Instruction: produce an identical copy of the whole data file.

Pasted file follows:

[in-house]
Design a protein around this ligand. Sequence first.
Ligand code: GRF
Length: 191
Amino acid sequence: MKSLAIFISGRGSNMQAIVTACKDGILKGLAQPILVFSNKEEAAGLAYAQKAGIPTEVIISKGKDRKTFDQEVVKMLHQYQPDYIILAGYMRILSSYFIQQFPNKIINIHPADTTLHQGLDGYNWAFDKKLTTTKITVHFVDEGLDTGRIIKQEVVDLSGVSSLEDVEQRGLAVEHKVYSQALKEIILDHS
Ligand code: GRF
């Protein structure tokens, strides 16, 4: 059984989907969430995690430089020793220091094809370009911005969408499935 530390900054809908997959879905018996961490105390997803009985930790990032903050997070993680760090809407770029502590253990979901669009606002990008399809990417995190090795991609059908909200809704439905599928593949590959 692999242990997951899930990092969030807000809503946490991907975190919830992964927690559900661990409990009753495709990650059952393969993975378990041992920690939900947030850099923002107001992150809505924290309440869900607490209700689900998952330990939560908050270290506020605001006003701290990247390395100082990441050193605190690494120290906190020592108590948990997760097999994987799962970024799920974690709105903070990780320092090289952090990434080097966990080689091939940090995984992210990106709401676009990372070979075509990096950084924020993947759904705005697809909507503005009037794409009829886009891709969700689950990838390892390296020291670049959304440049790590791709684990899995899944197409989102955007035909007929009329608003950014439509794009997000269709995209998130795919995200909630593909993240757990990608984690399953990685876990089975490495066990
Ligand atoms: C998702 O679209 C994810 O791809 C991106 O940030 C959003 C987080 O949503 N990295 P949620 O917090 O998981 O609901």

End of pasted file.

[in-house]
Design a protein around this ligand. Sequence first.
Ligand code: GRF
Length: 191
Amino acid sequence: MKSLAIFISGRGSNMQAIVTACKDGILKGLAQPILVFSNKEEAAGLAYAQKAGIPTEVIISKGKDRKTFDQEVVKMLHQYQPDYIILAGYMRILSSYFIQQFPNKIINIHPADTTLHQGLDGYNWAFDKKLTTTKITVHFVDEGLDTGRIIKQEVVDLSGVSSLEDVEQRGLAVEHKVYSQALKEIILDHS
Ligand code: GRF
């Protein structure tokens, strides 16, 4: 059984989907969430995690430089020793220091094809370009911005969408499935 530390900054809908997959879905018996961490105390997803009985930790990032903050997070993680760090809407770029502590253990979901669009606002990008399809990417995190090795991609059908909200809704439905599928593949590959 692999242990997951899930990092969030807000809503946490991907975190919830992964927690559900661990409990009753495709990650059952393969993975378990041992920690939900947030850099923002107001992150809505924290309440869900607490209700689900998952330990939560908050270290506020605001006003701290990247390395100082990441050193605190690494120290906190020592108590948990997760097999994987799962970024799920974690709105903070990780320092090289952090990434080097966990080689091939940090995984992210990106709401676009990372070979075509990096950084924020993947759904705005697809909507503005009037794409009829886009891709969700689950990838390892390296020291670049959304440049790590791709684990899995899944197409989102955007035909007929009329608003950014439509794009997000269709995209998130795919995200909630593909993240757990990608984690399953990685876990089975490495066990
Ligand atoms: C998702 O679209 C994810 O791809 C991106 O940030 C959003 C987080 O949503 N990295 P949620 O917090 O998981 O609901």